June 26, 2018 by Greg Meckbach
An anonymous letter about how an auto injury claim was handled by the Ontario License Appeal Tribunal raises “concerns” about the LAT decision-making process, an insurance lawyer warns.
Anonymous evidence should generally not be given any weight in court proceedings, Lisa Armstrong, a lawyer with Strigberger Brown Armstrong, said in an email to Canadian Underwriter. But in Mary Shuttleworth v. Licence Appeal Tribunal, released June 20, 2018, “there is no question it raised concerns with the appearance of fairness, impartiality and independence of a decision maker in our legal system.”
Armstrong, whose specialties include auto insurance, emphasized the concern is over the “appearance” of independence. She was not involved in the Shuttleworth case.
When claimants and insurers have a disagreement over accident benefits claims in Ontario, they can bring their dispute before LAT, a quasi-judicial body, for arbitration. Until 2016, the organization responsible for accident benefits arbitration was the Financial Services Commission of Ontario (FSCO).
LAT’s first ruling, which dealt with whether a claimant’s injuries fell into the category of “catastrophic” impairment, was recently quashed by the province’s Divisional Court. With LAT decisions, Justice Julie Thornburn wrote for the court, “adjudicators ‘are expected’ to subject their decisions for review and decisions get sent to the executive chair by the legal department without any assent or input from adjudicators….When comments come back to adjudicators from the executive chair, they are being made by a person with authority over the adjudicator’s reappointment.”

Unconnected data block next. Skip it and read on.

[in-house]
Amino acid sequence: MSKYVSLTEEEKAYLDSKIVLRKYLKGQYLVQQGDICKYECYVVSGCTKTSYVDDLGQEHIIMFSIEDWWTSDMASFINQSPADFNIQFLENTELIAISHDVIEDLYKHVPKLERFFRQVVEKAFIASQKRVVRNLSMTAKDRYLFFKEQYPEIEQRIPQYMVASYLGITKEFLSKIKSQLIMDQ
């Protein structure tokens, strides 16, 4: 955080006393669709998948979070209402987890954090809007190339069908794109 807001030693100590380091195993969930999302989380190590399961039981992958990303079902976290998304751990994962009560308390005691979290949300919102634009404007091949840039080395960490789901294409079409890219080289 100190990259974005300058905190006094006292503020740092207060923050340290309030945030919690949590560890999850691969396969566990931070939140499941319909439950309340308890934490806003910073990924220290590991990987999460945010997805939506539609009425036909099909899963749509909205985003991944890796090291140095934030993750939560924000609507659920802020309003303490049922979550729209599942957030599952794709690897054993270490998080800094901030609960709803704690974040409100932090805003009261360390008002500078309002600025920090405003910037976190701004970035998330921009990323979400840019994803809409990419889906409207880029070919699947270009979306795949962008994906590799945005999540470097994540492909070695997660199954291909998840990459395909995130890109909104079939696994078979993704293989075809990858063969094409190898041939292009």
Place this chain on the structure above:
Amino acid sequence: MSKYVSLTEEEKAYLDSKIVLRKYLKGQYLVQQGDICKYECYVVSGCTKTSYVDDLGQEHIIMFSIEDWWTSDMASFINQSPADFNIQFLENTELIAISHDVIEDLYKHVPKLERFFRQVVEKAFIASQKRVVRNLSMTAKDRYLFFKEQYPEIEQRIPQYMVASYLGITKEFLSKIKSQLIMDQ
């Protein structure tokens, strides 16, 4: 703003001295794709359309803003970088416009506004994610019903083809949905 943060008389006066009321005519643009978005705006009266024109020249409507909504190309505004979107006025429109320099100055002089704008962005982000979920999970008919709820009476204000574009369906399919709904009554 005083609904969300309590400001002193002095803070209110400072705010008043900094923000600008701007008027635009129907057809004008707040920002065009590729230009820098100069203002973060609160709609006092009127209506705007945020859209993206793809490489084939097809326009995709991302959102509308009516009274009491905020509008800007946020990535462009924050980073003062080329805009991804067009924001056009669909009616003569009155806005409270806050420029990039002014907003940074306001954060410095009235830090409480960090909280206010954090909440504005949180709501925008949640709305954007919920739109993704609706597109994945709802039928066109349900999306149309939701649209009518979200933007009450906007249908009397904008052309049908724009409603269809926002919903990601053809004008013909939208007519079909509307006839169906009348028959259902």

A LAT spokesperson told Canadian Underwriter in an email that LAT has a “peer and legal review process.” Comments made in that process “are non-binding and adjudicators are free to accept or reject them.” As a result of the Divisional court ruling in Shuttleworth, LAT plans to put in writing that “all comments generated through the review process are for the author’s consideration only” and that those comments are non-binding.
In Shuttleworth, Mary Shuttleworth argued she was catastrophically impaired in a collision in 2012. Initially, a LAT arbitrator sided with Shuttleworth’s insurer, which argued that Shuttleworth was not catastrophically impaired.
Several months after LAT released its decision, Shuttleworth’s lawyer received an anonymous note. That note alleged that the LAT arbitrator’s draft ruling was changed by the executive chair of the Safety, Licensing Appeals and Standards Ontario (SLASTO).
Taking dispute resolution away from FSCO was a recommendation made by former judge J. Douglas Cunningham in a review commissioned in 2013 by then-finance minister Charles Sousa. Cunningham noted that applications for arbitration to FSCO increased from 2,651 in 2006-07 to 10,511 in 2012-13.
Sousa’s decision to move dispute resolution to LAT was not without critics.
FSCO arbitrators “are highly skilled, experienced, full-time, permanent, salaried employees who are hired to be independent – I repeat, independent – decision-makers,” Paul Miller, NDP MPP for Hamilton East-Stoney Creek, said in early 2014 during debate on an auto insurance reform bill. Moving the system away from FSCO would have auto insurance disputes arbitrated by people “who typically deal with issues such as the Board of Funeral Services Act, the Collection Agencies Act, the Payday Loans Act and liquor licence violations, among other things – not what I would call experts in the field of insurance,” Miller added at the time.